18 jan : Nearly one in five deliveries in India is by Caesarean section, a procedure followed ‘unnecessarily’ in most of the cases despite it increasing the risk of maternal mortality and morbidity, says a WHO report.
A global survey on maternal and perinatal health by WHO witnessed 27 per cent rise in Caesarean deliveries in nine Asian countries, including India, China, Japan, Nepal and Sri Lanka, in 2007-08.
Though in India only 18 per cent births are Caesarean as compared to China’s 46 per cent which topped the list, what is worrying is that such cases have risen from five per cent to almost 65 per cent in many private hospitals in cities like Delhi and Mumbai, the report said.
After analysing 107,950 births of which 24,000 were from Indian states of Gujarat, Madhya Pradesh and Delhi, the WHO found that C-section births have increased beyond the recommended level of 15 per cent in these countries, not “because of an immediate medical need for it but due to financial gains”.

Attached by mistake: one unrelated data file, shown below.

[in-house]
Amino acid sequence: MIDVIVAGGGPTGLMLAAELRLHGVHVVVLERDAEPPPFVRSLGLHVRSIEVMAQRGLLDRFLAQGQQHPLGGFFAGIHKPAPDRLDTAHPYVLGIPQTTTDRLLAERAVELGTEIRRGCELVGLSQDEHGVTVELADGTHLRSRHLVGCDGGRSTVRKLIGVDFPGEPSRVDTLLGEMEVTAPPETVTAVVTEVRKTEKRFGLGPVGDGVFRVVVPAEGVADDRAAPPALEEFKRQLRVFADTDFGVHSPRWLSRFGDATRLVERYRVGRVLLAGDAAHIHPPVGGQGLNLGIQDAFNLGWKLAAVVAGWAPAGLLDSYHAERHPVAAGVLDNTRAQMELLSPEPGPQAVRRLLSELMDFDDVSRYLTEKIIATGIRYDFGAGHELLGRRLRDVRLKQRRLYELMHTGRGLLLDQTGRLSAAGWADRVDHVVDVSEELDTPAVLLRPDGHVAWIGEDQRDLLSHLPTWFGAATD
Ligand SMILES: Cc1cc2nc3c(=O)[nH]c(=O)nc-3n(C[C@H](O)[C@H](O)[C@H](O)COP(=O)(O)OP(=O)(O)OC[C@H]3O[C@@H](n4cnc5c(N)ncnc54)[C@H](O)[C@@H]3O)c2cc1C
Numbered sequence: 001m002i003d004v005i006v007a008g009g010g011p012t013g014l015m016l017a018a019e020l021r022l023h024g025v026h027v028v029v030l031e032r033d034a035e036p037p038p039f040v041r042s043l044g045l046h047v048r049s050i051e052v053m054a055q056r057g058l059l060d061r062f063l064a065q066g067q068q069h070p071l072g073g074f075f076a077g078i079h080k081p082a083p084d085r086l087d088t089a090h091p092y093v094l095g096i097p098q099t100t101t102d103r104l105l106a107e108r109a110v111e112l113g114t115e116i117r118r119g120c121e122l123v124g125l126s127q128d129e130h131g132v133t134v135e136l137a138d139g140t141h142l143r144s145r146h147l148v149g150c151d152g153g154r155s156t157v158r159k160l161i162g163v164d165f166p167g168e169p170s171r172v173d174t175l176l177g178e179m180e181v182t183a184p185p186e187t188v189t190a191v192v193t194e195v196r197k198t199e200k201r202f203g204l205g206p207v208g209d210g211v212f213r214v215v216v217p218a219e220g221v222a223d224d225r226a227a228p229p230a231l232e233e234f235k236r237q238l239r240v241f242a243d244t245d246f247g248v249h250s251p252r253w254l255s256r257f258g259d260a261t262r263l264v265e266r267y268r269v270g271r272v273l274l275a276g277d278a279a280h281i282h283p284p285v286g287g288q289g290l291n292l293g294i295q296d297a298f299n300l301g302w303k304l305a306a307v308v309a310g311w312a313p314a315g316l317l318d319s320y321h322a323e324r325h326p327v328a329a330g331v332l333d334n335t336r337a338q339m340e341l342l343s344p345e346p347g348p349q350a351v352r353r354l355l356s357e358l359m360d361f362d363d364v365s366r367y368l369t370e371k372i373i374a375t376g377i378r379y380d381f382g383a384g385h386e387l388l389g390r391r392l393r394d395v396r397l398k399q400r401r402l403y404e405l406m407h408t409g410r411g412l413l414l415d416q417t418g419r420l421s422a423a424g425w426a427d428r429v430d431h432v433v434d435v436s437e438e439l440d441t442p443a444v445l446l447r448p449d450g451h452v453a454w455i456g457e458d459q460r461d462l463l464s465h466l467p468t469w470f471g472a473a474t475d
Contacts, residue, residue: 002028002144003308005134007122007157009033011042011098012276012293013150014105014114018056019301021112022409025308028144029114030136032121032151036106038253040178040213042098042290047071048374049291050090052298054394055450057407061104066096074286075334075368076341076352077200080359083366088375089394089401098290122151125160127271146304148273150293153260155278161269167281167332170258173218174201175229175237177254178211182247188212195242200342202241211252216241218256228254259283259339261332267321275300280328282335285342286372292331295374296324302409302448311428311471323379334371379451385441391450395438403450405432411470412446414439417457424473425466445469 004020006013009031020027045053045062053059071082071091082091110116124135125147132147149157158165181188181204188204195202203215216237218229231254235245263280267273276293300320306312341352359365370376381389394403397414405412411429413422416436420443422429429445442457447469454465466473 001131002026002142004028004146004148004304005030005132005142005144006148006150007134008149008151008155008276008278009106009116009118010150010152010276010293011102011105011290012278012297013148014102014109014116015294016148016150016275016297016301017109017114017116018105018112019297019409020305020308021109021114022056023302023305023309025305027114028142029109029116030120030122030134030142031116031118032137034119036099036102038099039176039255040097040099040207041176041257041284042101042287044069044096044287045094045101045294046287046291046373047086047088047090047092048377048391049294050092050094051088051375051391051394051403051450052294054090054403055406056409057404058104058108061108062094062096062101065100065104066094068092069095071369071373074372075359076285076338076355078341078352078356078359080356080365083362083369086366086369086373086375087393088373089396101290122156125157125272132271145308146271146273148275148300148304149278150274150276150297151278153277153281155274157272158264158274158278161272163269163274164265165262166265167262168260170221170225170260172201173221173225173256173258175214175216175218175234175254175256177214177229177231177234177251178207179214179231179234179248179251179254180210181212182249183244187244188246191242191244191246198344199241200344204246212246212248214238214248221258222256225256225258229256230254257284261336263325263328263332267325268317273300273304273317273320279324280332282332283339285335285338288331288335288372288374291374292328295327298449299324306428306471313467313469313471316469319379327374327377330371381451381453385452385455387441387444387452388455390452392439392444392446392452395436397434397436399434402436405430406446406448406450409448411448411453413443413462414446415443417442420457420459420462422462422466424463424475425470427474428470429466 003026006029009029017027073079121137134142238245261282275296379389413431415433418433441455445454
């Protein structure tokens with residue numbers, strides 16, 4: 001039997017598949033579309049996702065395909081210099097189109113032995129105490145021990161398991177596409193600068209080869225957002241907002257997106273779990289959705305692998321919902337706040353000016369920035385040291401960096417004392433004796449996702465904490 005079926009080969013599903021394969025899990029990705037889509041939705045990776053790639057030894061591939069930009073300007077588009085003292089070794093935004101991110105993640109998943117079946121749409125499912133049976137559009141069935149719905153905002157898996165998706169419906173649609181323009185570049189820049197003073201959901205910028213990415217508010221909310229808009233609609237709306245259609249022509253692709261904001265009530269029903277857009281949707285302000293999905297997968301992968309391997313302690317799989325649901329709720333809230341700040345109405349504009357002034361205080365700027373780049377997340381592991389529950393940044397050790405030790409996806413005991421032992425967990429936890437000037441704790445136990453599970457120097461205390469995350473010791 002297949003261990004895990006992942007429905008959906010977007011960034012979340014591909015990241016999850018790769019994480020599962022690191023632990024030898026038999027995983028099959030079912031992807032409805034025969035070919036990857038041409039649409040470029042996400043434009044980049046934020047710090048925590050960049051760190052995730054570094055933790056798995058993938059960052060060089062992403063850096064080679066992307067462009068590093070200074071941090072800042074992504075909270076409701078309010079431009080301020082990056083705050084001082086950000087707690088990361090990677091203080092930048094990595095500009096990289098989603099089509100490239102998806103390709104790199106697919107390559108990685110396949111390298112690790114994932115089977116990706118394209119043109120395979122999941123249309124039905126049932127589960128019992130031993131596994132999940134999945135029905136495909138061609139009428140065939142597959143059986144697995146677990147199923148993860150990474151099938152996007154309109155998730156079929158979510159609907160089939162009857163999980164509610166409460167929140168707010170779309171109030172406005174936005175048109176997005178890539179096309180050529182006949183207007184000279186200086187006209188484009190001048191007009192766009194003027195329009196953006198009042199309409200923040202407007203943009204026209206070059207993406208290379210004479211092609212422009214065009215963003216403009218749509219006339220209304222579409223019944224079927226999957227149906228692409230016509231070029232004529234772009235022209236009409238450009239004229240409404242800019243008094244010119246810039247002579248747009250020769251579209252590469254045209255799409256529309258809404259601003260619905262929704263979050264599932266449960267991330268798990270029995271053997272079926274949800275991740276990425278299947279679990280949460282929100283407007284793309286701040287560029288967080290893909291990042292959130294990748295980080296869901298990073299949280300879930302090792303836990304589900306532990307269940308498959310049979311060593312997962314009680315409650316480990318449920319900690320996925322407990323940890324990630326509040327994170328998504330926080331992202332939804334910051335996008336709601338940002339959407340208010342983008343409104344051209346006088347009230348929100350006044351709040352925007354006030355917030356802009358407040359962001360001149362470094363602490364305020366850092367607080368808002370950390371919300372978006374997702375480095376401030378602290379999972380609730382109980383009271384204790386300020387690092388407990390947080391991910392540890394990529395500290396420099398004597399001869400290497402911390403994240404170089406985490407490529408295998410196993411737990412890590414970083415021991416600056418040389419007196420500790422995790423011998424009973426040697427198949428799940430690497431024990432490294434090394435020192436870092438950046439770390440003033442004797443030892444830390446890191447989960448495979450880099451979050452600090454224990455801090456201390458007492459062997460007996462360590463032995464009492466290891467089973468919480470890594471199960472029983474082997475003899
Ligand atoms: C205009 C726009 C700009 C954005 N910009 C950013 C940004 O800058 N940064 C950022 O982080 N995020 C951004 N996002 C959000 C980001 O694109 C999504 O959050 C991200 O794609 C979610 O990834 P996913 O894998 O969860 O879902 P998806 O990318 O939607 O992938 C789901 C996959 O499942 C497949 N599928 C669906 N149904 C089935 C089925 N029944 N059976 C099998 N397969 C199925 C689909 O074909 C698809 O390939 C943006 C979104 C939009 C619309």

The WHO health experts insisted that “mothers should only get a C-section when there is a need for it as it increases risk of maternal death, infant death, admission into an intensive care unit, blood transfusion and hysterectomy as compared to spontaneous vaginal delivery.
“But these risks have not necessarily been absorbed into medical culture because in two thirds of the hospitals which took part in the survey, the institution had carried out Caesarean to earn more money as it costs more that the normal delivery, for example in India it is nearly Rs 20,000 costlier.”